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The hackers behind a mass ransomware attack exploited multiple previously unknown vulnerabilities in IT management software made by Kaseya Ltd., the latest sign of the skill and aggressiveness of the Russia-linked group believed responsible for the incidents, cybersecurity researchers said Sunday.

Marcus Murray, founder of Stockholm-based TrueSec Inc., said his firm’s investigations involving multiple victims in Sweden found that the hackers targeted them opportunistically. In those cases, the hackers used a previously unknown flaw in Miami-based Kaseya’s code to push ransomware to servers that used the software and were connected to the internet, he said.

The Dutch Institute for Vulnerability Disclosure said it had alerted Kaseya to multiple vulnerabilities in its software that were then used in the attacks, and that it was working with the company on fixes when the ransomware was deployed.

Kaseya “showed a genuine commitment to do the right thing,” the Dutch organization wrote. “Unfortunately, we were beaten by REvil in the final sprint, as they could exploit the vulnerabilities before customers could even patch,” it added, referring to the Russia-based hacking group. REvil was accused of being behind the May 30 ransomware attack of meatpacking giant JBS SA.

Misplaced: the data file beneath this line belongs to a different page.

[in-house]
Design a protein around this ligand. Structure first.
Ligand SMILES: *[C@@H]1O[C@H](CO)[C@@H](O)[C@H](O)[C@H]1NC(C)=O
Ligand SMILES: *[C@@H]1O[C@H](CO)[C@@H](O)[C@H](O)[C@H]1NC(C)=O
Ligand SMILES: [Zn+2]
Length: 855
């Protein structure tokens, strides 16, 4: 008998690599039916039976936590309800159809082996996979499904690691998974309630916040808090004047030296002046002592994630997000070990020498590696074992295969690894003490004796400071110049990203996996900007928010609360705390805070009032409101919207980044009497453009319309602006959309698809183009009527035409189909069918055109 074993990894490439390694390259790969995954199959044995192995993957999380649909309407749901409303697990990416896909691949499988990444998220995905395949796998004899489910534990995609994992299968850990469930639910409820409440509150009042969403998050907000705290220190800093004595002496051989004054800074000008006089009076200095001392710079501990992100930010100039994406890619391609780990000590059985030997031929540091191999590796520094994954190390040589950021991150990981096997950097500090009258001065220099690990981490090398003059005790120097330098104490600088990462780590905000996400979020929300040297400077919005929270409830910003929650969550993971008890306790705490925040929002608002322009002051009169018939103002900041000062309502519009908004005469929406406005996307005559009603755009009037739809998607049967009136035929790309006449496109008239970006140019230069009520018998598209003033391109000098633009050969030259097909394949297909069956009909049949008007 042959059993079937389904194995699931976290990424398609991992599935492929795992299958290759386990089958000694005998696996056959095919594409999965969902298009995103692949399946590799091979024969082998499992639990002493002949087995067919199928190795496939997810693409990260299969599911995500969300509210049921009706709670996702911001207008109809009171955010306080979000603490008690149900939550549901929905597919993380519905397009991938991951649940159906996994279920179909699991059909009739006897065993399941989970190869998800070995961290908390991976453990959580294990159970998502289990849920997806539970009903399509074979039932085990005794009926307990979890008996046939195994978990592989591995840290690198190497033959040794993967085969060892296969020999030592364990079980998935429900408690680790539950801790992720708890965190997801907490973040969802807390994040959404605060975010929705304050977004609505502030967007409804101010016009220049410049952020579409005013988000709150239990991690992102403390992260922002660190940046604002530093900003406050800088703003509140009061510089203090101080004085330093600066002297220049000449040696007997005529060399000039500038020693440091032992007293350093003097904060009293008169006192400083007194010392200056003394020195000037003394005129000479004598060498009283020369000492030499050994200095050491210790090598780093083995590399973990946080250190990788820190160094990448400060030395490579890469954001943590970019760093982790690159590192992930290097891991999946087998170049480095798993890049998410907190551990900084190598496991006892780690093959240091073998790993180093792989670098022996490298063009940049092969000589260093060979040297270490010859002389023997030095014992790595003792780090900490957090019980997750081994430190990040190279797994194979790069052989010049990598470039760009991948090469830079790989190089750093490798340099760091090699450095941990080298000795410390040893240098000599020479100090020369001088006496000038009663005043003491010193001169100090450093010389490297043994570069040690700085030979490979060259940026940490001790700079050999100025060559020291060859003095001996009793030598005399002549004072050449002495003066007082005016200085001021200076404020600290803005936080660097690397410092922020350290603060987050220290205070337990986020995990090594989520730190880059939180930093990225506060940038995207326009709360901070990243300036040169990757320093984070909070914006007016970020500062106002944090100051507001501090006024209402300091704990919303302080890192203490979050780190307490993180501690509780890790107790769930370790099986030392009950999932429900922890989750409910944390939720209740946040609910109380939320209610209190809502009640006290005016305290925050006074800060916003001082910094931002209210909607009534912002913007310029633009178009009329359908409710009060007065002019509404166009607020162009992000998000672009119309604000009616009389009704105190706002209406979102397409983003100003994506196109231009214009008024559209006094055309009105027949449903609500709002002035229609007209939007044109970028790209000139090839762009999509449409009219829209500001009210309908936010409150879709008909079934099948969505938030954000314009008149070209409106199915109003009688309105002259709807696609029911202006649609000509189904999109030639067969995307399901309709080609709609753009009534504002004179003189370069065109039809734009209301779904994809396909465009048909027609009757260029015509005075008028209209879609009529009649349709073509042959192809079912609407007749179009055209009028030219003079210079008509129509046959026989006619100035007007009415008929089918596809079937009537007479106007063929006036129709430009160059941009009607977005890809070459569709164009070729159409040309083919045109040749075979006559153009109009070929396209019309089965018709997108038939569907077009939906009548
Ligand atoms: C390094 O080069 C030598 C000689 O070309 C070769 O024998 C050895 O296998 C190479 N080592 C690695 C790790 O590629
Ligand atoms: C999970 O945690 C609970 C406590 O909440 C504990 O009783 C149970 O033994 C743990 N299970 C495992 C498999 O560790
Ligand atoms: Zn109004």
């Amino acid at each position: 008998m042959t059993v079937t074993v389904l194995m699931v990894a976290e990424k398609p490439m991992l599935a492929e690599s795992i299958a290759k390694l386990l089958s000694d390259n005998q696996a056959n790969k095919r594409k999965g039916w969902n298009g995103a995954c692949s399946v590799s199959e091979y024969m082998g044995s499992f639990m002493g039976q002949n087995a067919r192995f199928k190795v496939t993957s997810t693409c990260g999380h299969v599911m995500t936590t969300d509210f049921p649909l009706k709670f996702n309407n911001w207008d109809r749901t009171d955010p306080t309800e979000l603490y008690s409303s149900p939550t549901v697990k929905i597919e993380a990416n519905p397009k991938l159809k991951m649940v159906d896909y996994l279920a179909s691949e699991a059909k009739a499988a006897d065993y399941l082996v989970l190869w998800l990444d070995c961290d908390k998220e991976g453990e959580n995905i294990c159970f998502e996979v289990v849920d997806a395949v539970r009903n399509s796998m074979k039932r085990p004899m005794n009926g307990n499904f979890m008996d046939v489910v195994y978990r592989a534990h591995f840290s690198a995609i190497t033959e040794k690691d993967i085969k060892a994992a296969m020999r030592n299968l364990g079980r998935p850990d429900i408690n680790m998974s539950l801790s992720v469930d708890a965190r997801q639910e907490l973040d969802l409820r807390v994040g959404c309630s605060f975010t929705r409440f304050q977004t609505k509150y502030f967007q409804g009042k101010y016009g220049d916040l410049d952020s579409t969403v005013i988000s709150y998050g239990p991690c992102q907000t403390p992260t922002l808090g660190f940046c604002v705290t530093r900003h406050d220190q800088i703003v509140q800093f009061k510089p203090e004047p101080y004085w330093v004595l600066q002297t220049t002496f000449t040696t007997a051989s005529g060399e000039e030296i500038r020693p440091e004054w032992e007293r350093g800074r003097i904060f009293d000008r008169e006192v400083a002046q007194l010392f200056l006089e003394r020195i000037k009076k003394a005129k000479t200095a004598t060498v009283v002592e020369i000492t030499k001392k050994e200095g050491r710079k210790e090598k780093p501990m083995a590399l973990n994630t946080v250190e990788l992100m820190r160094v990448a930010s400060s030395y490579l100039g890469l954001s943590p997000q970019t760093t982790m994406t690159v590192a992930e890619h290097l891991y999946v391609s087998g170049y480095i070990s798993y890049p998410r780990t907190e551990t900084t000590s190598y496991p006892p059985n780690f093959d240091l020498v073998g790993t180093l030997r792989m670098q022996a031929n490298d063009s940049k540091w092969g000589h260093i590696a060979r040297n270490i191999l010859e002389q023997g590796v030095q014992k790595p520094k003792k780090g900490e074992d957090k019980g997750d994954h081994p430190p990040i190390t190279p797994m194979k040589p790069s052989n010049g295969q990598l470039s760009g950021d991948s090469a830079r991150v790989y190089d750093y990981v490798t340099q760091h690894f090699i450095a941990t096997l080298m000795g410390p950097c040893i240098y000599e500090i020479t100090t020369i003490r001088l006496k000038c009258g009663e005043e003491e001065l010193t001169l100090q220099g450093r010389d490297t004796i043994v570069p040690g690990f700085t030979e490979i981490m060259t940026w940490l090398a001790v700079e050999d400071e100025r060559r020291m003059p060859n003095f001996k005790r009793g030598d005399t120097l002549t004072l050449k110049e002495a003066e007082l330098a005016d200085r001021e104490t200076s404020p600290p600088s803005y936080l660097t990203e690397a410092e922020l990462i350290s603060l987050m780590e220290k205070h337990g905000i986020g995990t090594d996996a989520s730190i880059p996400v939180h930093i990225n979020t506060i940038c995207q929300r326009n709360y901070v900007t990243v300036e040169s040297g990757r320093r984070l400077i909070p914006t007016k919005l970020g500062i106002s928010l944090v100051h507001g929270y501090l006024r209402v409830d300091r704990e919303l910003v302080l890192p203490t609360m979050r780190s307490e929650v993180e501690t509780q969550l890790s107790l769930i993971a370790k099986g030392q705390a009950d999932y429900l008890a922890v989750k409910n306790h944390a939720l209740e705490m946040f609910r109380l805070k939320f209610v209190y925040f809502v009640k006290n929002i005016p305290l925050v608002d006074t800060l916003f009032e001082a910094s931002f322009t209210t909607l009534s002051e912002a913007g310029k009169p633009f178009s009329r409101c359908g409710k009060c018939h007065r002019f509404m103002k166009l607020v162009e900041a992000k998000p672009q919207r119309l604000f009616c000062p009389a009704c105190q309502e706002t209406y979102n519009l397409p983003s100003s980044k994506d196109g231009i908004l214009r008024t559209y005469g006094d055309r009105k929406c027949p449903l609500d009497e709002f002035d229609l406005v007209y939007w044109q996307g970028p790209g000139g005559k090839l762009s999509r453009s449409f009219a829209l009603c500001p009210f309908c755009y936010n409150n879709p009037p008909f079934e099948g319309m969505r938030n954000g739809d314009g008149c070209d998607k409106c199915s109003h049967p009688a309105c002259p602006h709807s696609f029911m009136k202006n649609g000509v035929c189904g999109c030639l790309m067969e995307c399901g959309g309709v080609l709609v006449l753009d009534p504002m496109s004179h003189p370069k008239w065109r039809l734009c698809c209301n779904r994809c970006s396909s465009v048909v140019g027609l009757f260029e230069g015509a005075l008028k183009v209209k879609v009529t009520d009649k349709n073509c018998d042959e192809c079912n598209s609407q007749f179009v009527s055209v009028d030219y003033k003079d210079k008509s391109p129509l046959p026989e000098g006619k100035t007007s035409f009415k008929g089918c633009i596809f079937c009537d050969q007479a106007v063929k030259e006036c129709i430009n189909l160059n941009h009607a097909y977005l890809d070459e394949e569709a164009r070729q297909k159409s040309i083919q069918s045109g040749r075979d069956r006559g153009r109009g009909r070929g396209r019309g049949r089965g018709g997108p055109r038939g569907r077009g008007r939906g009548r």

The findings differentiate the latest incident — which cybersecurity firm Huntress Labs Inc. said affected more than 1,000 businesses — from other recent assaults on the software supply chain. For instance, an attack the U.S. blamed on Russia’s foreign intelligence service, disclosed in December, involved altered software updates from another provider of IT management software, Austin, Texas-based SolarWinds Corp. Ultimately, nine federal agencies and at least 100 companies were infiltrated via SolarWinds and other methods.

Regarding the most recent attack, Frank Breedijk, head of the Dutch institute’s computer security incident response team, emphasized the hackers’ high skill level in exploiting the Kaseya software.

“The big point behind this is someone was willing, determined and had the resources to build this attack chain, and it’s not a trivial chain to build,” he said in an interview. “You have to know what you’re doing to make an attack like this work.”

Kaseya spokesperson Dana Liedholm confirmed in an email that the incident involved multiple vulnerabilities in the company’s products and called it a “sophisticated weaponized attack with ransomware.”

“This was not as simple as a single 0-day exploit,” Liedholm said, using an industry term for vulnerabilities in software that hackers are aware of but that the makers of that code are not.

Kaseya said its VSA product was the victim of a “sophisticated cyberattack” and that it had notified the FBI. Kaseya has identified fewer than 40 customers impacted by the attack, adding that its cloud-based services weren’t impacted. In a later statement Sunday, the firm said it’s working with FireEye Inc. and other security companies to help manage the fallout.